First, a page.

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The Evolution of Anisogamy

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The Evolution of Anisogamy
Cambridge University Press
9780521880954 - The Evolution of Anisogamy - A Fundamental Phenomenon Underlying Sexual Selection - Edited by Tatsuya Togashi and Paul Alan Cox
Excerpt

Introduction: The evolutionary mystery of gamete dimorphism

Paul Alan Cox

We do not even in the least know the final cause of sexuality; why new beings should be produced by the union of the two sexual elements, instead of by a process of parthenogenesis.

Charles Darwin (1862)

The mystery which Darwin struggled with, the existence of sex in the plant and animal kingdoms, continues to fascinate biologists today. While many plant and animal species reproduce sexually, others continue to succeed with asexual reproduction.

Consider, for example, Prorodon utahensis, a small animal which flourishes in the hypersaline waters of the Great Salt Lake (Figure 0.1). There are few other forms of life that can tolerate these salinities, which have been measured at up to 27%. The quivering hair-like cilia of Prorodon provide its tiny body – scarcely the width of a human hair – with sufficient locomotion to zip about its otherwise lethal environment, consuming organic detritius, cyanobacteria and the salt-tolerant green alga Dunaliella. In the shallow waters of the Great Salt Lake, which are too salty for fish, these tiny Prorodon are the major hunters, the equivalent of sharks at the microscopic level. Reproduction in Prorodon is a simple matter – it simply splits in half. Without resorting to sexual recombination, Prorodon is able to lock in its genetic combination for survival and success in this most hostile of environments. Asexual reproduction also grants Prorodon utahensis a significant numerical advantage in progeny. A single individual splits, producing two, then four, then eight, then sixteen, then thirty-two genetically identical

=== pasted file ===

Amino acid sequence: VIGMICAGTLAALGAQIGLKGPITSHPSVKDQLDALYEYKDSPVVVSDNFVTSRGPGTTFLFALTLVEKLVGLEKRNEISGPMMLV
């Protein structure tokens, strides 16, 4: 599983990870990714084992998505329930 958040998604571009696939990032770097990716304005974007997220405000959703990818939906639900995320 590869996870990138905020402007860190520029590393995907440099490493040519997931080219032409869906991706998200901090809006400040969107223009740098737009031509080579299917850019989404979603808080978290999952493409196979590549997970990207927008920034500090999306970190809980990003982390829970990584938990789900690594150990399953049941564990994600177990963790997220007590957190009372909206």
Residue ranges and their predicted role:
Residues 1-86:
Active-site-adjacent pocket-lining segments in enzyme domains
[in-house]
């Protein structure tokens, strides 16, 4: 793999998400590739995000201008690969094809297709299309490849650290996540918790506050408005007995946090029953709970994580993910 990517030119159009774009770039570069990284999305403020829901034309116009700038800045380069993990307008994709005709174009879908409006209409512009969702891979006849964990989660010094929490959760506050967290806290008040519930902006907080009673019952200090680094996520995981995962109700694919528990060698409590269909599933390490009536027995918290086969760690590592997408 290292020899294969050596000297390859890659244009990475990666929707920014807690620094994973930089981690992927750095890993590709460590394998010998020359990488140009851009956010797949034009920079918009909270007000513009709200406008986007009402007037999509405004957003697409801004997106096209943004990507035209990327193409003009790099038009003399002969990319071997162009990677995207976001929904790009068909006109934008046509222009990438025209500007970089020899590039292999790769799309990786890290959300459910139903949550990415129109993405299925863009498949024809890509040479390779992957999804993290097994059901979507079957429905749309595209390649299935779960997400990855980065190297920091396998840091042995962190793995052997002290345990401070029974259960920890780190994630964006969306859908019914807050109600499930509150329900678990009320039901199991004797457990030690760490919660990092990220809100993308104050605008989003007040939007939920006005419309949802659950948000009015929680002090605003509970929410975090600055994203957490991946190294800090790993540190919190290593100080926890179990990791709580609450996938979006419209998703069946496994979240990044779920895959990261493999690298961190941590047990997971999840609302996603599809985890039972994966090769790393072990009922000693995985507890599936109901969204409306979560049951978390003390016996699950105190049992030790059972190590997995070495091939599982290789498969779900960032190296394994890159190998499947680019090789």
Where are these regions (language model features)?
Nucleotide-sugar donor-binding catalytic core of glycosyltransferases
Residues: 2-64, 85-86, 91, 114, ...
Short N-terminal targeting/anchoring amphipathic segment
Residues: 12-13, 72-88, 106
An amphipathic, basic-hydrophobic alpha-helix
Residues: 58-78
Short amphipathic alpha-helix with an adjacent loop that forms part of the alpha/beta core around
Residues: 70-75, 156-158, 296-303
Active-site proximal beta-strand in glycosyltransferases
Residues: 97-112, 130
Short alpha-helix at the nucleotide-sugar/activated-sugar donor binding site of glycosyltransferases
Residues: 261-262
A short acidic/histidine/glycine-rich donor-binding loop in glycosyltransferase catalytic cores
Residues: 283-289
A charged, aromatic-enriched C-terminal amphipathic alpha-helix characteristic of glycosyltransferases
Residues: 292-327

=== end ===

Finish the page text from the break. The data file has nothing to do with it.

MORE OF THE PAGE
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Figure 0.1 Differential interference contrast microphotograph of a drop of water from the Great Salt Lake containing the asexual ciliate Prorodon utahensis and the isogamous grean alga Dunaliella salina.
offspring. This remorseless process of binary division can rapidly fill a small saline pond or even the Great Salt Lake with hundreds of millions of ciliates from a single immigrant. Were Prorodon to reproduce sexually, the number of offspring it produces would be halved, since in a population characterized by separate males and females, only half of the reproductive individuals can produce offspring. Biologically, in terms of population growth, males are of such little consequence that wildlife demographers sometimes simply ignore them. “Why do males exist?” is not a radical feminist slogan, but instead a valid and largely unanswered evolutionary mystery, a mystery which, at the level of female and male gametes, is the essence of this book.

The mystery of sexual dimorphism exists at a variety of modular levels (Cox, 1988), some of which are easily observable without a microscope. The fact that male date palms cannot produce dates, but contribute only pollen was of grave concern to ancient farmers. Stone images carved nearly 3000 years ago in the Assyrian city of Nimrud (about 30 kilometers southeast of present-day Mosul, Iraq) depict winged gods carrying pollen from the male trees of Phoenix dactylifera to the female trees. While the necessity of pollination for a successful crop was considered so important that deities were invoked as pollen vectors, the actual function of the pollen was poorly understood. In the third century BC, Theophrastus, a student of Plato, opined in De Causis Plantarum that female date palms require pollen as a needed dessicant, otherwise the developing fruit will mold and rot. A better understanding of the role of pollen in reproduction would require the invention of the microscope two millenia later.